Jim Porter: Justice Scalia’s death generates more political polarization
February 22, 2016
As everyone knows, Supreme Court Justice Antonin Scalia died unexpectedly in Texas while on a hunting trip. He was 79. Justice Scalia leaves his wife Maureen and nine children.
While his conservative Opinions were acerbic and often overly-critical of the majority Opinion, they were sprinkled with humor and always well reasoned. He was brilliant and by all accounts a decent man, and as we now know, the "best buddy" of Justice Ginsburg – his liberal sparring partner on the Court.
The condolences to the Scalia family lasted about 20 minutes. Then the partisan politics began. The Republican presidential candidates paused for a moment, then unloaded, with all but Jeb Bush (who is looking better every day) demanding that President Obama not make a replacement appointment — which would leave an unprecedented year-long vacancy.
Makes My Blood Boil
Recommended Stories For You
Even before the nutty conspiracy theorists cranked up noting that Scalia was discovered with a pillow on his face and did not have his usual security detail at the hunting ranch, Senate Majority Leader Mitch "Meathead" McConnell told the world: "This vacancy should not be filled until we have a new President."
McConnell said Republicans would reject any court nominee offered by Obama no matter how qualified. That makes my blood boil.
Republicans Created 'The Donald'
Recall that McConnell within hours of President Obama's first election went on record saying his primary role as a Senator would be to stop any proposals offered by Obama no matter the merits.
That insane strategy started, or seriously exacerbated, the polarization of Congress. And the Dems drew battle lines in stubborn retaliation.
You can't run a government where half of the elected officials refuse to cooperate with the other half — in any way. Such polarization destroys the American system of government.
McConnell and his opposition-types opened the door and created their own monster: carnival barker Donald Trump; and religious-guy Ted Cruz. Both, strangely appealing, campaign on vague promises of less government, "telling it like it is," and not giving a damn what others think.
Beholden to no one; plus, an occasional "carpet bomb" pledge to show our enemies who is in charge. And many, mostly Republicans it seems, are eating it up. Angry voters tired of dysfunction wanting a change. Can hardly blame them. Bernie Sanders is riding the same time-for-a-change wave, but in the other direction.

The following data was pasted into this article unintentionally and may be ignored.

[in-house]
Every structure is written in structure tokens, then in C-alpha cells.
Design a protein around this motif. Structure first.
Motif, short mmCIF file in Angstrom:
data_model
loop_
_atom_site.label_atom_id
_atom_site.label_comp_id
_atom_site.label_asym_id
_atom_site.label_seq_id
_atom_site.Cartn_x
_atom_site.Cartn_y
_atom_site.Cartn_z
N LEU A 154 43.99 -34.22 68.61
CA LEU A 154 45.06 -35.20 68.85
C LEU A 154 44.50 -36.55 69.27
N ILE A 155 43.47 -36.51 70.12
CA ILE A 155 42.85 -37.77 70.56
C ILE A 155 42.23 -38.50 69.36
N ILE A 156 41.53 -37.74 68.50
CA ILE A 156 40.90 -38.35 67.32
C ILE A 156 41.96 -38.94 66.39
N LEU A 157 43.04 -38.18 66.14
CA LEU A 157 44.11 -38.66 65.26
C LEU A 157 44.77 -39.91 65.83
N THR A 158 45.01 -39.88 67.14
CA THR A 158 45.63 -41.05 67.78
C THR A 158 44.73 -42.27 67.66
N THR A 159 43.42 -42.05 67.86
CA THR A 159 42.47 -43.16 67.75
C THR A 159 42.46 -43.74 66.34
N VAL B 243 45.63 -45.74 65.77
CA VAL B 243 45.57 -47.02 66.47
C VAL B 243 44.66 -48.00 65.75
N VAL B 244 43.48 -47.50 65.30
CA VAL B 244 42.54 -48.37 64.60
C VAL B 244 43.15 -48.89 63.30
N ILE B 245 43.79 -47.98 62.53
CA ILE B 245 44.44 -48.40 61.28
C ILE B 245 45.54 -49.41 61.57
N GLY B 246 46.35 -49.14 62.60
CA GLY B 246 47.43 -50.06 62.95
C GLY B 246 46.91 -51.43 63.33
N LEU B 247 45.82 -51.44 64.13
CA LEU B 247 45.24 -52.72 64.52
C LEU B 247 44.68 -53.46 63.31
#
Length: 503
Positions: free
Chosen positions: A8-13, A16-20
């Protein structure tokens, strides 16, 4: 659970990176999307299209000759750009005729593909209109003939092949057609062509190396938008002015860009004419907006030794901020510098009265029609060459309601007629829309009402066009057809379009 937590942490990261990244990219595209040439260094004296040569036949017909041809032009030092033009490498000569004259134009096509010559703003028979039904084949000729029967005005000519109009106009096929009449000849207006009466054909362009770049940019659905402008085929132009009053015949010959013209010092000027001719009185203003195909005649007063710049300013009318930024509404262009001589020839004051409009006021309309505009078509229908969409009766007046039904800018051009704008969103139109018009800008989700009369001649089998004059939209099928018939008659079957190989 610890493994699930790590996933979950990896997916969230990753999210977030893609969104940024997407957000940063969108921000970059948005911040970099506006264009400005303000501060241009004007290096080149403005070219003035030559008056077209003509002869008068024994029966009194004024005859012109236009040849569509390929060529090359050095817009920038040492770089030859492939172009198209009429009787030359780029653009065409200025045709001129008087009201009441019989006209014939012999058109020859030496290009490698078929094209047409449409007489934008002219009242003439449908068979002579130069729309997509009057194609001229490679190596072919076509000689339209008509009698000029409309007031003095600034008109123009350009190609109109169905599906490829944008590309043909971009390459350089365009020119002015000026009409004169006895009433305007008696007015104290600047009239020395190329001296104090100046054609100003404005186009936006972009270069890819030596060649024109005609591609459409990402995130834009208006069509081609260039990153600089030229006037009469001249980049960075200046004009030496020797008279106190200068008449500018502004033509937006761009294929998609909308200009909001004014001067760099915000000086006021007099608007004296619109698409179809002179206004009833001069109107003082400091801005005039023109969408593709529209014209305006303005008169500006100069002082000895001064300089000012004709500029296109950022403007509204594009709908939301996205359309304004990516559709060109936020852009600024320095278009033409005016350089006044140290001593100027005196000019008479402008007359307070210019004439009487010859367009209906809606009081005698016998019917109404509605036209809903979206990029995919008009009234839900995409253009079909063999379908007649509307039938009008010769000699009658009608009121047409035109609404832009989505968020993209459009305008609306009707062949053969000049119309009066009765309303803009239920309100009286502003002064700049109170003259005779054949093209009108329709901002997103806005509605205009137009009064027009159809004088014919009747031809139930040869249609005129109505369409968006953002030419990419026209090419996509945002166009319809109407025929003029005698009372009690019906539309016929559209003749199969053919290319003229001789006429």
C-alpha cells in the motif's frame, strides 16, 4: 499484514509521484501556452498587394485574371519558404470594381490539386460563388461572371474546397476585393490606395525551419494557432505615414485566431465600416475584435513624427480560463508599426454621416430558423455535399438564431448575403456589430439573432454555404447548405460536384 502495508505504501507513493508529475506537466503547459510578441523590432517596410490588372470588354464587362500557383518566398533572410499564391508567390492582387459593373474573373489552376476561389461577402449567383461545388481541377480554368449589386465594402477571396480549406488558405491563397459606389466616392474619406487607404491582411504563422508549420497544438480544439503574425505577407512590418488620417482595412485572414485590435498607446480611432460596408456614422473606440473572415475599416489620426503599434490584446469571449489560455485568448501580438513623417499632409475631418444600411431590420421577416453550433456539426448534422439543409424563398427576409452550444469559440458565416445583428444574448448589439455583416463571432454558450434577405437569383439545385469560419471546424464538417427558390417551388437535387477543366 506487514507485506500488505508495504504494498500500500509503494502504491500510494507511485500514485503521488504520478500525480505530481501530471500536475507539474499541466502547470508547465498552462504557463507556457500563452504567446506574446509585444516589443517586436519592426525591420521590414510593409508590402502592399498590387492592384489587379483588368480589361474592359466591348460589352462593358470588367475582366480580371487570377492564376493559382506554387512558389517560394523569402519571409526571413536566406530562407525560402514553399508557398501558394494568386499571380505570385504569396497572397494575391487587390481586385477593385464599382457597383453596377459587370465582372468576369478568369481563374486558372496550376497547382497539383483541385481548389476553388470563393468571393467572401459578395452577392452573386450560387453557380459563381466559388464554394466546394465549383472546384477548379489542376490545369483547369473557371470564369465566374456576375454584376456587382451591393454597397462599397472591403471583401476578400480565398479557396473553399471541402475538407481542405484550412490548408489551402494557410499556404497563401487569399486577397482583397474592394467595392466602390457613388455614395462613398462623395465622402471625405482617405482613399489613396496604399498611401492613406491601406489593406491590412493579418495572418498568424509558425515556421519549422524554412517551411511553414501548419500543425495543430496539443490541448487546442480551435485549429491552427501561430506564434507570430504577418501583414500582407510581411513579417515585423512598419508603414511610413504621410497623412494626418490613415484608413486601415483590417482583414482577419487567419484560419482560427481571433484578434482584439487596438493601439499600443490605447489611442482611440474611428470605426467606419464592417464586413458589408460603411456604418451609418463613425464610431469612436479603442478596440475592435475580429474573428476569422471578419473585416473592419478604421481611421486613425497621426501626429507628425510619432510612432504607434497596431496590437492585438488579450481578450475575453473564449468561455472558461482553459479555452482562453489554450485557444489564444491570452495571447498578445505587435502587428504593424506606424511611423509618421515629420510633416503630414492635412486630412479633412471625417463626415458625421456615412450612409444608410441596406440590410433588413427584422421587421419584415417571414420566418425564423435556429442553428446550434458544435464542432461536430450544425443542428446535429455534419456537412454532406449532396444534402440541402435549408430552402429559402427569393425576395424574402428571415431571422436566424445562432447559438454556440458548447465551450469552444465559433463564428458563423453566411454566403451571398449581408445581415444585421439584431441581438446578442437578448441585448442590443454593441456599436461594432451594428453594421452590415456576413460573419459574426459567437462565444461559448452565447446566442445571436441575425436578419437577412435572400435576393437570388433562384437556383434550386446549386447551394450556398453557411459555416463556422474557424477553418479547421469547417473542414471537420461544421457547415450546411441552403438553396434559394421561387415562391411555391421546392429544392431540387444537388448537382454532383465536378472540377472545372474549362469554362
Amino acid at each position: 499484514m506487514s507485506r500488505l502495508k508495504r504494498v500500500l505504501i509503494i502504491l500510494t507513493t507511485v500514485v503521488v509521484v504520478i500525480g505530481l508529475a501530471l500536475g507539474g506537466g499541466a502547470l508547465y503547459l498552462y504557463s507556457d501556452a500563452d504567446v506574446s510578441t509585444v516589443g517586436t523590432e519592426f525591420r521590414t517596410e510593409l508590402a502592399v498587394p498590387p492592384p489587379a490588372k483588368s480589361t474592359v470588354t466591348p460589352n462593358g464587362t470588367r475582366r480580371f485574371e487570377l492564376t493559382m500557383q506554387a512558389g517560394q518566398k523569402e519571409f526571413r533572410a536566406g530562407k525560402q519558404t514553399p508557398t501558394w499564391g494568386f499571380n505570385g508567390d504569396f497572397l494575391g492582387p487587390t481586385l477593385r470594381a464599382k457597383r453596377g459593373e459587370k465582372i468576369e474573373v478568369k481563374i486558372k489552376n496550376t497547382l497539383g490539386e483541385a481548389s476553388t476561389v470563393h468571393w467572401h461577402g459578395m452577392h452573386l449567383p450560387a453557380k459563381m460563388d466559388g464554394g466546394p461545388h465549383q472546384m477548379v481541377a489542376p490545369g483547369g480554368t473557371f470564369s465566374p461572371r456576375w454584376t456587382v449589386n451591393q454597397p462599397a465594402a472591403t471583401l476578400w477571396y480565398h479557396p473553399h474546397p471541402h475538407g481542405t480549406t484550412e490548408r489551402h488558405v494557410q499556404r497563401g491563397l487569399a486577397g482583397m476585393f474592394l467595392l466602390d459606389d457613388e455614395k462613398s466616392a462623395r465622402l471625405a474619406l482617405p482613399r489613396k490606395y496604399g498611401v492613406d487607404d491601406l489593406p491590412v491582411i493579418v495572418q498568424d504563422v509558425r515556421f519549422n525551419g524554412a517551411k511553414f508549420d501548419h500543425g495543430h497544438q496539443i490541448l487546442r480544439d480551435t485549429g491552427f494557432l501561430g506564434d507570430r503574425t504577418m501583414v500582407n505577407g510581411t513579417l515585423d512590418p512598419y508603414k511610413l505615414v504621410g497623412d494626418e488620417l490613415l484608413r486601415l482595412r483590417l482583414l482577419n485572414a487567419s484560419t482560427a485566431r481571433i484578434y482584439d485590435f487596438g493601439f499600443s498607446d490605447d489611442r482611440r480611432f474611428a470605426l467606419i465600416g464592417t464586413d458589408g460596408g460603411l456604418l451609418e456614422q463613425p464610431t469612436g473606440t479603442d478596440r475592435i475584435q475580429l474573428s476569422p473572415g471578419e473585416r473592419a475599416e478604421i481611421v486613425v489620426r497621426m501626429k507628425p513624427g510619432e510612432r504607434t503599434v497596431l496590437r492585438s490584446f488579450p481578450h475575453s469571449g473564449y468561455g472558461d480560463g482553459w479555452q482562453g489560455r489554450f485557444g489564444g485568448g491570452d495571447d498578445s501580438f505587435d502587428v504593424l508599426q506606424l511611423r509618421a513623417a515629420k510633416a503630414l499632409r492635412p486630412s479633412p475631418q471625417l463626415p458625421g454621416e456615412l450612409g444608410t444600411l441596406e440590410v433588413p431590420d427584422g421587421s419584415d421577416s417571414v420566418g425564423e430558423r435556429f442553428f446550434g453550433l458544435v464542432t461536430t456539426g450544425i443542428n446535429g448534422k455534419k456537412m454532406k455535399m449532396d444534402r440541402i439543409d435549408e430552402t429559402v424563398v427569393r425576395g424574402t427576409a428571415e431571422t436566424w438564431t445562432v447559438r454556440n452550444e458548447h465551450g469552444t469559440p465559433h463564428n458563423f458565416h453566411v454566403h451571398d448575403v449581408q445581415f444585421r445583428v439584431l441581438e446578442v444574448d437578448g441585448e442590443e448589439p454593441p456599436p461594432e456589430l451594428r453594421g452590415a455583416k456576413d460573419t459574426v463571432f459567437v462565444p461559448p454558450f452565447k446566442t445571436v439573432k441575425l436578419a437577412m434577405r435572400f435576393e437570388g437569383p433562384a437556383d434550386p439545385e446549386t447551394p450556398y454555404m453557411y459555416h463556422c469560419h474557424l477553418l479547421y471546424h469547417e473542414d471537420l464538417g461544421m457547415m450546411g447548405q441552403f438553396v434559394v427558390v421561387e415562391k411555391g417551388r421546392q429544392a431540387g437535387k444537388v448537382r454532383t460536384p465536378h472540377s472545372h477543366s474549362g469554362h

A Political Opportunity
But I digress. I offer that Justice Scalia's untimely death creates an opportunity for both Democrats and Republicans, as President Obama will be forced to nominate a well-qualified moderate, a refreshing addition to the Court.
For what it's worth, despite Republican claims, it is not unusual for a President to fill a Supreme Court vacancy during an election year, the last time being in 1988 when one of the best Justices on the Court, Anthony Kennedy, was appointed. By the way, Justice Kennedy is a Sacramento guy.
The Senate should pay homage to Justice Scalia by honoring the Constitution, his passion, by approving his successor (if qualified) and not "delay, delay, delay," as Trump smirked.
Rant, Rant, Rant
With only eight and not nine Justices, several lower court cases set to be heard by the Court this year will likely not be overturned as many commentators had predicted – to the chagrin and disadvantage of the Republican party. Shoot yourself in your strident foot Meathead.
Republicans: your best opportunity for a moderate Supreme Court appointment is now – before Hillary beats Rubio.
How's that for an off-the-cuff rant? Comments welcome.
Jim Porter is an attorney with Porter Simon licensed in California and Nevada, with offices in Truckee, Tahoe City and Reno. Jim's practice areas include: real estate, development, construction, business, HOAs, contracts, personal injury, mediation and other transactional matters. He may be reached at firstname.lastname@example.org or http://www.portersimon.com.